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Print Gridlines in Excel

Gridlines are the very lightly colored lines that surround each cell in a Microsoft Excel spreadsheet. Be default, they won’t print. Printing them is fairly easy though. To make Excel gridlines print Open your spreadsheet and click on the Page Layout tab. In the Sheet Options group, check the box for Print under Gridlines. To stop Excel gridlines from printing Open your spreadsheet and click on the Page Layout tab. Uncheck the box for Print under Gridlines in the Sheet Options group.Note, gridlines will only print in around cells with content. If you want to print blank cells with gridlines, select the area you want to print then click on Print Area in Page Setup and choose Set Print Area.   For more ways to make Excel work for you, take a training course from AdvantEdge Training & Consulting!

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Disappearing Excel Gridlines

My Microsoft Excel Gridlines are no longer visible in the program. How do I get them back?There are 4 possible reasons that gridlines are no longer visible in Microsoft Excel. Reason for hidden Gridlines 1: They are turned off. Click on the View tab, then check the box for Gridlines in the Show group. Reason for hidden Gridlines 2: They are colored over. If the background color for a cell is white instead of no fill, then it will appear that the gridlines are missing. Select the cells that are missing the gridlines, or hit Control + A to select the entire workbook. Then, under the Home tab in the Font group change the color of the cells by clicking on the can of spilling paint and choosing no fill. Reason for hidden gridlines 3: The borders are colored white. Select the effected cells, or select everything with Control + A, then right click on the cells and choose Format Cells. Under the border tab, change the Color to Automatic. Reason for hidden gridlines 4: The gridlines have been colored white Click on the File tab. Then choose Options and Advanced. Scroll down to the Display options for this Worksheet section, and change the Gridline color to Black. Click OK.  For more ways to make Excel work for you, take a training course from AdvantEdge Training & Consulting!

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Common Formula Mistakes in Excel

3 Ways Excel can Betray You — We regularly hear harrowing stories of an accounting sheet gone wrong with an errant formula. These small mistakes are hard to catch and can lead to drastic consequences.If the total at the bottom of a chart doesn’t look quite right, it might be quite wrong. The following are common mistakes, leading to sums that don’t add up. Text Instead of Numbers — Just because a number is a number, doesn’t mean it’s a number. A “5” might mean the number 5 or it might be the text “5.” This issue happens most often when data is copied and pasted from Word or an email. Also, typing a dollar sign ($) or using a comma (1,000) (rather than using the cell formatting feature to insert these) may cause the number to be stored as text.Watch the alignment. If one number aligns to the left and the other aligns to the right, then the left aligning number is probably text. Excel might also point out the error to you with a small green triangle in the top left-hand corner of the formula cell. Not Including Enough Numbers — I was once told by a contractor that his company underbid a contract by tens of thousands of dollars because a sum formula didn’t include all of the correct cells.Excel warns you of this issue with a green triangle. Hover over the triangle and then click on the exclamation point to see the error message “Formula omits adjacent cells.” Either click on “Update formula to include omitted cells” or manually fix the formula.When adding more rows to a chart, confirm that any formulas include the new cells. If you insert a row between the last row and the “total” row, Excel may not automatically add the new row data to the formula.Avoid this by inserting rows in the middle of the data. Excel will then expand the formula to include the new row. Always double-check your formula and update as needed after adding new rows or columns. $b$16, Using Absolute Cell References Using the F4 key to make a cell reference absolute is a very useful trick when copying formulas, but be careful to use it correctly.Formulas using absolute cell references always refer to an exact cell, even if the formula is copied and pasted elsewhere in the document. Relative cell references, by contrast, refer to the cell relative to the position of the cell containing the formula — the default option if you don’t add the $$$ in your formula cell references.If copying a cell with a relative formula that adds the 3 cells above it, wherever you paste the formula, it will add the 3 cells above the new location. If the formula uses absolute references, however, it will still add the original 3 cells.Whether copying and pasting Relative or Absolute formulas, use the “Trace Precedents” option in the “Formula Auditing” group of the “Formulas” tab on the Ribbon to get a better look at exactly how the formulas are working.  For more ways to make Excel work for you, take a training course from AdvantEdge Training & Consulting!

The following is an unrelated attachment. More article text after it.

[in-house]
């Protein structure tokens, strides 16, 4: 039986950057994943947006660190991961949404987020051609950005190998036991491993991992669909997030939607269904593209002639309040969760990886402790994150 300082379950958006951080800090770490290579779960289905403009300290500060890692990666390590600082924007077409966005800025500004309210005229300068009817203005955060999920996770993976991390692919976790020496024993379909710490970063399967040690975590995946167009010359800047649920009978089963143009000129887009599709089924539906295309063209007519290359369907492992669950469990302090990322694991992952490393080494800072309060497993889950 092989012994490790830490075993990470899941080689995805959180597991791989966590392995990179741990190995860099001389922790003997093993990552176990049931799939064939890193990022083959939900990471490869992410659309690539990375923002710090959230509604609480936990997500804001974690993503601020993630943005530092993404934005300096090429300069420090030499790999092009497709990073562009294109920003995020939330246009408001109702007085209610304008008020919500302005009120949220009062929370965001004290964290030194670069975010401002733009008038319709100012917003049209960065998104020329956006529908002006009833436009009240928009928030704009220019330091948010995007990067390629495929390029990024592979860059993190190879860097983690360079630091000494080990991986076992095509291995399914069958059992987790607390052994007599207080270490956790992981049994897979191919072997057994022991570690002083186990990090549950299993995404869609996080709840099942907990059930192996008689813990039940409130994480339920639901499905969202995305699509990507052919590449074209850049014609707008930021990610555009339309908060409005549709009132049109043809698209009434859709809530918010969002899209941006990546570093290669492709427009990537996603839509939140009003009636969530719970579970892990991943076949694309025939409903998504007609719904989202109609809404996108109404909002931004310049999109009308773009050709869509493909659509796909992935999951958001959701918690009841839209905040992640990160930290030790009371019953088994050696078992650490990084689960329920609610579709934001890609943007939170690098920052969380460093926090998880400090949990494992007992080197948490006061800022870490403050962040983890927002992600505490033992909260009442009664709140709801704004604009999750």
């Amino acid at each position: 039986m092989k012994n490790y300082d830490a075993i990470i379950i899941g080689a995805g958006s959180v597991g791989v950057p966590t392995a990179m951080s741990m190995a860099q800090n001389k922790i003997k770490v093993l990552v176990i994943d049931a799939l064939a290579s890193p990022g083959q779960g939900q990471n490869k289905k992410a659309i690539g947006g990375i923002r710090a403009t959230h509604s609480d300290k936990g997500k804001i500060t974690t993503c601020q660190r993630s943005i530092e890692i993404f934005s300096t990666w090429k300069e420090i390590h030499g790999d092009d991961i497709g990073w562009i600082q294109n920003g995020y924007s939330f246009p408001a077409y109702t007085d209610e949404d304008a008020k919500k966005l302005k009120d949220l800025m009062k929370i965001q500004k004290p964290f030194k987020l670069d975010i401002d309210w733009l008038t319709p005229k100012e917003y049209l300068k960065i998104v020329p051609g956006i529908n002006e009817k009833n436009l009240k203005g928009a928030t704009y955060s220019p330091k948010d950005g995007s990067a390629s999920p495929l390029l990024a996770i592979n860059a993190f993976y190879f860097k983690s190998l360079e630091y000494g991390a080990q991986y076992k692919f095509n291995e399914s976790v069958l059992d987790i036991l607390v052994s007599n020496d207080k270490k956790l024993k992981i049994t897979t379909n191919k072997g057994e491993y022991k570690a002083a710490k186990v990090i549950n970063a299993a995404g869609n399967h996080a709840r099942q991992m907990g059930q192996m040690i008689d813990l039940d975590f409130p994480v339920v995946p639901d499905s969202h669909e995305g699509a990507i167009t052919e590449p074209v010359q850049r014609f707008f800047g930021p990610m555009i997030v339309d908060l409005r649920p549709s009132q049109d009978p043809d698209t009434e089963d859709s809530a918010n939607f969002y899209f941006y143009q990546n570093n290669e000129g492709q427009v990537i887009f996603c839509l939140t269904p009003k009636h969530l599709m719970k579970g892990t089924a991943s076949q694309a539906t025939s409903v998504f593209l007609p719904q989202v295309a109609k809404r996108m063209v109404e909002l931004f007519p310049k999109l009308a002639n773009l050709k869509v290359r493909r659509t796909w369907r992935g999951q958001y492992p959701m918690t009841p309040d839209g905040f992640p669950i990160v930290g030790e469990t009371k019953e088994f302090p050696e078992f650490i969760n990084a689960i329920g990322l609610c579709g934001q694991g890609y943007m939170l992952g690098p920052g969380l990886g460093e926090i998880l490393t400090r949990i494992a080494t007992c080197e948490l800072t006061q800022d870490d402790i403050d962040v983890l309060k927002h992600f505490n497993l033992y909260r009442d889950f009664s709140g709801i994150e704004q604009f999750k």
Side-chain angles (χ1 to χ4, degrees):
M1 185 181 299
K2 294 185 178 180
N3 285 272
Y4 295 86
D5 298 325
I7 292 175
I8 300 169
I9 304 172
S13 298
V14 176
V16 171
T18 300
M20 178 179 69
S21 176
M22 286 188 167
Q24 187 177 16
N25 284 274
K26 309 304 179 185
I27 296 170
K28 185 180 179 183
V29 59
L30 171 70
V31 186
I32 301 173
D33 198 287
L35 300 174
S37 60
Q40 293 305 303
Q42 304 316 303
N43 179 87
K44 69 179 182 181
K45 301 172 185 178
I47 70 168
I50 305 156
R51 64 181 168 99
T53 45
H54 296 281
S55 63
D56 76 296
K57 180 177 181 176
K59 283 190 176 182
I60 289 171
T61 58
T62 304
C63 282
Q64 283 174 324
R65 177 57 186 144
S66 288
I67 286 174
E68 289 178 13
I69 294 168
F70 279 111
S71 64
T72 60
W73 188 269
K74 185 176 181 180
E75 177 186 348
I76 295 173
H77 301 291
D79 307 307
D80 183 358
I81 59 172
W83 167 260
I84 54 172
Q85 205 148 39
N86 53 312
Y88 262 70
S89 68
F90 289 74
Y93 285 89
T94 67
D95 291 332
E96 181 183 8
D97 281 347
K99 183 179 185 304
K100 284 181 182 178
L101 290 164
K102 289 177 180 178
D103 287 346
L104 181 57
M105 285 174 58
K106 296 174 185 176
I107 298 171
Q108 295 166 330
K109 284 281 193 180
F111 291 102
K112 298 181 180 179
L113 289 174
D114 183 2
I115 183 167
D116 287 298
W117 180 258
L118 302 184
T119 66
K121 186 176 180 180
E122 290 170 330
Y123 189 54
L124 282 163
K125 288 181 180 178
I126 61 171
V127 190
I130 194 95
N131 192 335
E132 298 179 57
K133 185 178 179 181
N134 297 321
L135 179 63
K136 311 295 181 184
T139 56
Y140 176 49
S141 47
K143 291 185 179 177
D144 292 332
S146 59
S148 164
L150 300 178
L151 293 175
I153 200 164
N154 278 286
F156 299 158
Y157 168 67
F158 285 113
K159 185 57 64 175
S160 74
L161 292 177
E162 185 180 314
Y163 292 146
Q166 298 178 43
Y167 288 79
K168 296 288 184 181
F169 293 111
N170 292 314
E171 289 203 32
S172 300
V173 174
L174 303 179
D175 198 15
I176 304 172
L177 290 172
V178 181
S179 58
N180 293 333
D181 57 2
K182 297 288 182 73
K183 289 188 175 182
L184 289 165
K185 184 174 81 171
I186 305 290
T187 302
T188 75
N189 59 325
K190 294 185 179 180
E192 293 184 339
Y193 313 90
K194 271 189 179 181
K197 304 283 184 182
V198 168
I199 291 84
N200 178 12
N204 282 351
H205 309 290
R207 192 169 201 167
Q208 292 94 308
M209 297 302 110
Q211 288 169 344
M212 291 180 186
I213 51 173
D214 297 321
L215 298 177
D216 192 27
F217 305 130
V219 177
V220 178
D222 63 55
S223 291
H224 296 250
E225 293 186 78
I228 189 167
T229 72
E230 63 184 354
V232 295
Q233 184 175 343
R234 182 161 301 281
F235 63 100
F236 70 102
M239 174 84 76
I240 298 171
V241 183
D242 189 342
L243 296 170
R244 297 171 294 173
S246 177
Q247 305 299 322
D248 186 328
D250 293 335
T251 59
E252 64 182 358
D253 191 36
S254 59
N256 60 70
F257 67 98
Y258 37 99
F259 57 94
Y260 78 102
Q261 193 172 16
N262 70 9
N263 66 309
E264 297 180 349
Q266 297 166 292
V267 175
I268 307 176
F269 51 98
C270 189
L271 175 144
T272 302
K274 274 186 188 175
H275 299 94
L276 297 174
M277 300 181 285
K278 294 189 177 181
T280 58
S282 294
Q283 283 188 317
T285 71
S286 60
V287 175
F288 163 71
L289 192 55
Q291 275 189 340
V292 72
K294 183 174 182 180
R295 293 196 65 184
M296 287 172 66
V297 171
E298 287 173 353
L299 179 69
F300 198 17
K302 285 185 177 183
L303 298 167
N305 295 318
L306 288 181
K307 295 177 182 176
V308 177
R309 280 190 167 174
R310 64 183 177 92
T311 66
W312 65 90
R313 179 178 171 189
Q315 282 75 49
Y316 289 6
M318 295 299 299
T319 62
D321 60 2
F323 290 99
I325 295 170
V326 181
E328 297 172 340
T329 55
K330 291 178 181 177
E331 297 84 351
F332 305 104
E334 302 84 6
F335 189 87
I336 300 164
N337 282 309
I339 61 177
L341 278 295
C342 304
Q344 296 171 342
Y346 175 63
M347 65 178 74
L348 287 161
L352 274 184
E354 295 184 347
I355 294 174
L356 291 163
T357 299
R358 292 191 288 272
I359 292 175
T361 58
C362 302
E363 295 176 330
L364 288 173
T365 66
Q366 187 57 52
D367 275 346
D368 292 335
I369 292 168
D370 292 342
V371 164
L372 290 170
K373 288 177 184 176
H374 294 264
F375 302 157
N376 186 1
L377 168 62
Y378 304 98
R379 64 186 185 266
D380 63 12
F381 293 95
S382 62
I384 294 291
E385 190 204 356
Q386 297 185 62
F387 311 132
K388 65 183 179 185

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Filter Excel Tables from Table Headings

When your data has been entered into Excel, you can use the built-in Filter tool on the Data Tab to narrow down what you are viewing based on criteria you set:On the Data tab, click the Filter button. (It’s a toggle button meaning: “one click on, one click off”) Click the arrow next to the column heading. You can pick the criteria to filter by, and narrow those results even further using the category filters, i.e., the date choices shown in the example.  Upgrade your Excel skills with training from AETC